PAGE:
This is for those looking for something akin to games like Outlast, Layers of Fear, or Amnesia: The Dark Descent. Basically: games where you run and hide but can’t fight back against unstoppable monsters. In fact, SOMA is by the same folks who made the original Amnesia. Yet this one is a tense sci-fi horror game that sees you trying to escape an underwater research station.

The hide-and-seek gameplay isn’t exactly groundbreaking, but SOMA boasts a terrific story from start to finish. There’s a lot of moral ambiguity surrounding the world and your character, which makes uncovering the big mystery of SOMA even more rewarding. When you’re not running from the monsters stalking the dilapidated halls, you’ll be solving tricky puzzles that do a nice job of breaking up the scares. SOMA may not be perfect, but it’s a solid choice if you want something a bit more futuristic.

For those that just want the story, too, the developers eventually patched in a narrative mode that makes monsters nonviolent. They’re still creepy, but they won’t kill you and interrupt the flow of the plot as you go through the game.

Metro 2033 Redux

Metro 2033 Redux is the remastered version of a 2010 FPS-horror hybrid based on a classic Russian post-apocalyptic novel. Set in the underground tunnels of the Russian metro, following a nuclear holocaust, players control a soldier named Artyom. Caught in a war between multiple factions vying for control of the tunnels, Metro 2033 tells a terrific, intimate story that heavily leans on the great characters and world.

Yes, you will spend a lot of time shooting regular humans, but there are also quite a lot of mutated horrors skulking around the dark tunnels. Metro does a terrific job of immersing you in its world, delivering a claustrophobic experience that will have you constantly looking over your shoulder. Unlike horror-action games like F.E.A.R., Metro 2033 prioritizes its atmosphere or traditional jump scares.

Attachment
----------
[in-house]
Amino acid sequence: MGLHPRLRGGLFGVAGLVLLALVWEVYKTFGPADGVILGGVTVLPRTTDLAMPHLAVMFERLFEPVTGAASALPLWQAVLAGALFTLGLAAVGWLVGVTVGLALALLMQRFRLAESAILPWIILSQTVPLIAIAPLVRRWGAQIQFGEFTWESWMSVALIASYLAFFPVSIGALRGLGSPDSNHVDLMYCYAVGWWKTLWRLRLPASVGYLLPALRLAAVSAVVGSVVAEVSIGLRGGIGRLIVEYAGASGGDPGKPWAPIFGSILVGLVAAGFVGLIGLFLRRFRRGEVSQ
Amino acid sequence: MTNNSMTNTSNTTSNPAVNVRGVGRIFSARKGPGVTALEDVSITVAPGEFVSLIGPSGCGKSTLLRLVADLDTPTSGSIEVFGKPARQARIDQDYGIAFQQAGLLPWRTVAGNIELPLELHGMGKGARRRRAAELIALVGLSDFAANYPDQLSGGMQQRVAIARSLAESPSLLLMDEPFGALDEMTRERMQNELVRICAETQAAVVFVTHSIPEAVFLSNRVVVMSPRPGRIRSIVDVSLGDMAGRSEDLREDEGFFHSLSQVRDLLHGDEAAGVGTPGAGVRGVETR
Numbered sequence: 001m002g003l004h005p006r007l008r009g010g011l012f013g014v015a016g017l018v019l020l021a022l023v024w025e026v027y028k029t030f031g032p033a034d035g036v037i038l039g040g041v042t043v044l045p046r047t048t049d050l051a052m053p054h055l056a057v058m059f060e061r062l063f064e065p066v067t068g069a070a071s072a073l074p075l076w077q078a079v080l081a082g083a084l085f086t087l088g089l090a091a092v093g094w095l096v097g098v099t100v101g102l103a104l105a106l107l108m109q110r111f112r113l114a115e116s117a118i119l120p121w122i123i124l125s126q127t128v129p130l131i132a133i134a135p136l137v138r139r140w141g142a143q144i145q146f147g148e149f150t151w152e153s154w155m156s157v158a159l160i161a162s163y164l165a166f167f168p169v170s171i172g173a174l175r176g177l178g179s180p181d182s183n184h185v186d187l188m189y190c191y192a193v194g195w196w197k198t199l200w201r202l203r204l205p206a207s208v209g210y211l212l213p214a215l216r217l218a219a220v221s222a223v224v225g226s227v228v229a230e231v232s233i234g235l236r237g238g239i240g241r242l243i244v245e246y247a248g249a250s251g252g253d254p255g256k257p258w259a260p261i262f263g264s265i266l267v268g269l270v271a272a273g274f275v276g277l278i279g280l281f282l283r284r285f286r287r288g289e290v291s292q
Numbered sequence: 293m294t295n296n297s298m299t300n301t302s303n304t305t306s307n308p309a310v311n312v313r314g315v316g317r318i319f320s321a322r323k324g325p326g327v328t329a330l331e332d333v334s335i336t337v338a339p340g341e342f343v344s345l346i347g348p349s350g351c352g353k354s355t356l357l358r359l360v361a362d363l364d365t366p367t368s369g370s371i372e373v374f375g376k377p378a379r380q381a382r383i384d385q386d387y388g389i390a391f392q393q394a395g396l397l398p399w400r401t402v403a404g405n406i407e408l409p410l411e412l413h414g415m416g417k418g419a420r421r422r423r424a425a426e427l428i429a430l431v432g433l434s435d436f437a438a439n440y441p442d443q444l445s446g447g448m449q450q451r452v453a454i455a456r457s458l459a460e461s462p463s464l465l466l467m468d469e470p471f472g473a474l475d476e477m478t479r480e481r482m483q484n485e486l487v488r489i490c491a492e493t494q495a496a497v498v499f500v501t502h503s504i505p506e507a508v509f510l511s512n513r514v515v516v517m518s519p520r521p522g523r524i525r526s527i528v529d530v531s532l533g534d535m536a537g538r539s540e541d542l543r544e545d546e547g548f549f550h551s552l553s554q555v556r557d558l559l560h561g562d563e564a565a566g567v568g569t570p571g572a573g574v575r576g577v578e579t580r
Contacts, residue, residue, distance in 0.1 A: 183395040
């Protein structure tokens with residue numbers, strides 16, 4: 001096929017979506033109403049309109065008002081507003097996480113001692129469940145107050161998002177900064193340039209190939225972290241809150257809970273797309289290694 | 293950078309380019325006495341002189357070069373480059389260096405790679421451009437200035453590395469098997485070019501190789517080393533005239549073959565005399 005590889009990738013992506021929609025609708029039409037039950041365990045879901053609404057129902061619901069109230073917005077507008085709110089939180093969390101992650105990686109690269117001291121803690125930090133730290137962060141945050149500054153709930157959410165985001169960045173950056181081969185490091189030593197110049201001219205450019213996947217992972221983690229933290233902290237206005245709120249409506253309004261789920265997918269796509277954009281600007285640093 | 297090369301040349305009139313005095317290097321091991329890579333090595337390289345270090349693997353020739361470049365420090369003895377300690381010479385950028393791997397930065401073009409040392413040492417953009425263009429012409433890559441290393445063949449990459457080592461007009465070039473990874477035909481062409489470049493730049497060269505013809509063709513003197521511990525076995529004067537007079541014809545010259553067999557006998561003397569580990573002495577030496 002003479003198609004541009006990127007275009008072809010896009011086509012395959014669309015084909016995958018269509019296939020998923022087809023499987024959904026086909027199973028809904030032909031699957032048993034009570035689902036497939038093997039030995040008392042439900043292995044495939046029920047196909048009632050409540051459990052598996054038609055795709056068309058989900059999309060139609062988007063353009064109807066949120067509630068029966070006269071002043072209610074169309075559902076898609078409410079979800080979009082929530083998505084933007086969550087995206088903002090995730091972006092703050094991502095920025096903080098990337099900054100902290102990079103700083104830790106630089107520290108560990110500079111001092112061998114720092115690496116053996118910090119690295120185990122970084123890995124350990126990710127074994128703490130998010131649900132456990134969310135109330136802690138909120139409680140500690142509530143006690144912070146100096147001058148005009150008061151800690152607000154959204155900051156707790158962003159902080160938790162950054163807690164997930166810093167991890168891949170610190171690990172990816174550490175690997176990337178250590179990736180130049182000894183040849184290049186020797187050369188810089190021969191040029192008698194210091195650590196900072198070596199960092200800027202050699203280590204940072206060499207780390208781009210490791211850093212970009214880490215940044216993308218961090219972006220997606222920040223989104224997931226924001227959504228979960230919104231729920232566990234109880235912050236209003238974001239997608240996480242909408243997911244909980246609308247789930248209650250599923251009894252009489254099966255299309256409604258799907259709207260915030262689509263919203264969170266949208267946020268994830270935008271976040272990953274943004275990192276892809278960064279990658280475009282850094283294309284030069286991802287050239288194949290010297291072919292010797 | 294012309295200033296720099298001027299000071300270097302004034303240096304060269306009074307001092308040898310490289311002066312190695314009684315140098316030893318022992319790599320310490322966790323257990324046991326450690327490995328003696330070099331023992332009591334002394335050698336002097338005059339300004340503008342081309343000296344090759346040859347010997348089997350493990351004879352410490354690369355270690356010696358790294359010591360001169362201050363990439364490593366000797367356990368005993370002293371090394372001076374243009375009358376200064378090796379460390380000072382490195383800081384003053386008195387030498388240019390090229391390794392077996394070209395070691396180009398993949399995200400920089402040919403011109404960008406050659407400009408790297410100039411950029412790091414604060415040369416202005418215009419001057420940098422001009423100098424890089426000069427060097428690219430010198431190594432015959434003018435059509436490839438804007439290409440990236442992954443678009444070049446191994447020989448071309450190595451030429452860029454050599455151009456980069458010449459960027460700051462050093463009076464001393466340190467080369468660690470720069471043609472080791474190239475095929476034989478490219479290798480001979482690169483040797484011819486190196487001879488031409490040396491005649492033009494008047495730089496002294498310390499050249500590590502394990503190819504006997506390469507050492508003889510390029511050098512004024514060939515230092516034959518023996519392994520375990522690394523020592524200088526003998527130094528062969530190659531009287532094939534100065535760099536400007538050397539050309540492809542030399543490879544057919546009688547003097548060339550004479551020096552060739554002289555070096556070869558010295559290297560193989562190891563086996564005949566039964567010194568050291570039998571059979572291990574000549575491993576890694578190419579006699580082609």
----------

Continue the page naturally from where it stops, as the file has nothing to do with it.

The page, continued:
Following the death of his wife and the kidnapping of his children, 2Dark places players in the role of detective “Mr. Smith.” Don’t let 2Dark’s retro art style fool you, though. This game doesn’t pull its punches. Instead, it delivers some truly gut-wrenching narrative and visual moments with its limited art style.

While you can fight back against what’s happening, 2Dark is a stealth game at its core. You will spend a lot of time hiding in the shadows or sneaking by enemies in an attempt to gather evidence or free captured children. It’s a short, entertaining mystery that treads into some horrific territory if you decide to uncover its larger story.


I am twisting the rules a little since Control isn’t really a traditional horror game. However, this mind-bending third-person action game feels ripped from particularly spooky episodes of The Twilight Zone or The X-Files. It also dips into SCP horror fiction territory (directly borrowing its redacted government document aesthetic at times).

Developer Remedy Entertainment has done an incredible job weaving a weird, yet a deeply intriguing story that will constantly keep you on your toes. Supporting this is fantastic combat that has you utilizing supernatural abilities to battle horrific beings scattered throughout this ever-changing office building. Control’s horror is not the type to reach out and grab you, but it instead slowly festers, making you question everything around you and the people you come across.

About the Author

Collin MacGregor

Collin MacGregor is the Guide Staff Writer at Fanbyte. He's also the person who willingly plays the support class (you're welcome) and continues to hold out for an Ape Escape remake.